Certification - A Look into the Future
- Open Platform and Industry Standards
- Certification Branding
- Up-to-Date Skills
- The Future Growth of e-Business Certifications
- Competitiveness for the Future
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Today's environment is a very competitive place. In the business arena, the competition is fierce to survive, let alone remain profitable.
What can businesses do to thrive in today's competitive environment? One area rapidly growing in importance as a component of a businesses' competitive advantage is IT certification. Validation of technical skills, through some form of industry certification, is one of the hallmarks of quality that clients and employers are seeking.
As the future unfolds, there are some significant areas of focus that individual IT certification programs must address for certification to further its role as a measure of quality. This article offers guidelines on how to compare and evaluate certification programs from both a client's and an individual's point of view.
Open Platform and Industry Standards
Computer technology is proliferating at such an incredible pace that it can be almost mind-boggling to stay abreast of the changes and enhancements. One of the fastest-advancing areas is the Internet. With many different manufacturers driving the Internet frontier, it is evolving as a mixed-technology environment. In the future, the traditional homogenous IT solution will become less and less prevalent. To meet the needs of these mixed-technology environments, future certifications must adopt an open platform approach and focus on industry standards. This will provide candidates with the skills they need to integrate and, more importantly, optimize solutions consisting of technology from many different manufacturers.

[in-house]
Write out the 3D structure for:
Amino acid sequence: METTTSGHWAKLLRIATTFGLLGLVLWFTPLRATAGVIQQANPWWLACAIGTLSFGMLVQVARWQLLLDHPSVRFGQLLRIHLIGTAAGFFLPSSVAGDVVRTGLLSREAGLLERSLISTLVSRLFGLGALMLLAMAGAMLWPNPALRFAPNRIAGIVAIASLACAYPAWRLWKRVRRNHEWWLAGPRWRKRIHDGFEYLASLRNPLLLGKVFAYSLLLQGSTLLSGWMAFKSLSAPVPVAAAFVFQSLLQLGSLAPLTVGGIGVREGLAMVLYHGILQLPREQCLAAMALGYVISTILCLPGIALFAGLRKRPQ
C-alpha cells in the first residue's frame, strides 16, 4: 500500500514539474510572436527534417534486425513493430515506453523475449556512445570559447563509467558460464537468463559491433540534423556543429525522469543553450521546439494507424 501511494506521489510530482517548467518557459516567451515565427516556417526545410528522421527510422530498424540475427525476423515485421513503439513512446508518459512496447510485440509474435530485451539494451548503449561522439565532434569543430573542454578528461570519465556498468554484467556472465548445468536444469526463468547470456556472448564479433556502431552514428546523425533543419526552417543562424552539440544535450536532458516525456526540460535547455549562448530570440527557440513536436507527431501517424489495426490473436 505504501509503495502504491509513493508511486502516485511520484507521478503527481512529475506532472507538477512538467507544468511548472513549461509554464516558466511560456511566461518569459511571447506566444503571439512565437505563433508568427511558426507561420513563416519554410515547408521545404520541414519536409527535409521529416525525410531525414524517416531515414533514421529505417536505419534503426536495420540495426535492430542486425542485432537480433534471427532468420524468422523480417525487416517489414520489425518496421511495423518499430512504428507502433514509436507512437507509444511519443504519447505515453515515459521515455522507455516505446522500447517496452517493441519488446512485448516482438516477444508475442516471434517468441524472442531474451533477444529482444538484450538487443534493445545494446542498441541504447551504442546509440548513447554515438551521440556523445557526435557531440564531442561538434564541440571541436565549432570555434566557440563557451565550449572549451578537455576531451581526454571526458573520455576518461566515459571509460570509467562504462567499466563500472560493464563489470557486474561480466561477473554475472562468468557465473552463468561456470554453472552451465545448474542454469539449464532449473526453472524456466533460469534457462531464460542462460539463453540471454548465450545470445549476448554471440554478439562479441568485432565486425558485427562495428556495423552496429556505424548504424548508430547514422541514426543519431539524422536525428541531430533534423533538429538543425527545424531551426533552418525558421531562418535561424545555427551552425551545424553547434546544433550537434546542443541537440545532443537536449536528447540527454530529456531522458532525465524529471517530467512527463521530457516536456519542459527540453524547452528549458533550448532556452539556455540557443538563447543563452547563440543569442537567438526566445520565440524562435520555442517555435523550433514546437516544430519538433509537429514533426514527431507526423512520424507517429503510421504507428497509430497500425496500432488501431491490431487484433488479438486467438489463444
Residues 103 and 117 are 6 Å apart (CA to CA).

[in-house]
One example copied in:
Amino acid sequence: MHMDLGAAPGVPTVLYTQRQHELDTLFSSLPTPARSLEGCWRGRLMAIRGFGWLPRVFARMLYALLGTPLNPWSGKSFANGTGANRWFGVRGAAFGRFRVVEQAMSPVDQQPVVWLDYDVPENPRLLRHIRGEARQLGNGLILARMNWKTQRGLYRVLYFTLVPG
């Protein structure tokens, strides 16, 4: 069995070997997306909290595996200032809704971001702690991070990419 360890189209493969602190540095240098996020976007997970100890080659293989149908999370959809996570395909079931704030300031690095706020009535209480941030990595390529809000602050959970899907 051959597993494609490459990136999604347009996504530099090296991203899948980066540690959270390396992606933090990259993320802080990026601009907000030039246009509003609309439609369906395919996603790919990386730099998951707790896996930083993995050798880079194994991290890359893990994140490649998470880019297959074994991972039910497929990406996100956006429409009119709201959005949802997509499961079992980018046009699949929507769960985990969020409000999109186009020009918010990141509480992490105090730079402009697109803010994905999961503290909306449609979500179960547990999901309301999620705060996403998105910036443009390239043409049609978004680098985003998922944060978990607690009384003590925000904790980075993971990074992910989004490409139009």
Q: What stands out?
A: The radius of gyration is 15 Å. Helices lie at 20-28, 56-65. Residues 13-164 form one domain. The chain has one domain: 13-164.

This open platform, industry standard approach will provide the foundation for certifications heading into the 21st century. Candidates that choose these certifications as validation of their abilities are clearly demonstrating that they have mastered the skills needed to integrate solutions in the mixed-technology environment.
Various companies, including Intel, have led the way by incorporating open platform, industry standard technology into their products and services from the beginning. Early on, they realized that having a proprietary computer, much less an entire network, would not be beneficial in the long term. These IT players will become the drivers behind these new certifications. Having an IT certification that incorporates an open platform approach will become a key differentiator of the quality of a candidate's skills in the future.
The reseller channel will be one of the primary benefactors of this trend. Resellers incorporating these open platform certifications as a validation of their technical integration skills will gain a valuable competitive advantage that demonstrates their capacity to handle a broader scope of solutions. Resellers are always looking for ways to differentiate themselves. Certifications that validate their skills at integrating solutions in a mixed-technology environment will become an important marketing tool, helping them stand out in an already crowded marketplace.
However, the channel must help endorse this open platform approach to IT certification. They must communicate to their customers that this is the preferred way to measure the quality of their skills in a particular technology area, for example e-business. The message for their customers is straightforward: Certification provides reassurance that they'll get the best solution for their business, as opposed to the solution the reseller's technical team happens to know how to build.
"Certification has given us the competitive advantage," said Audra Hajj, vice president of Flashecom, Inc., of Brea, Calif. "Most vendors have similar products to sell. What sets us apart is the investment we make in training our engineers in current technology. Our team of engineers has the skills—validated by Intel certification—to configure, build, and optimize a solution around our customers' needs, rather than simply pulling something out of a box and making it fit their business."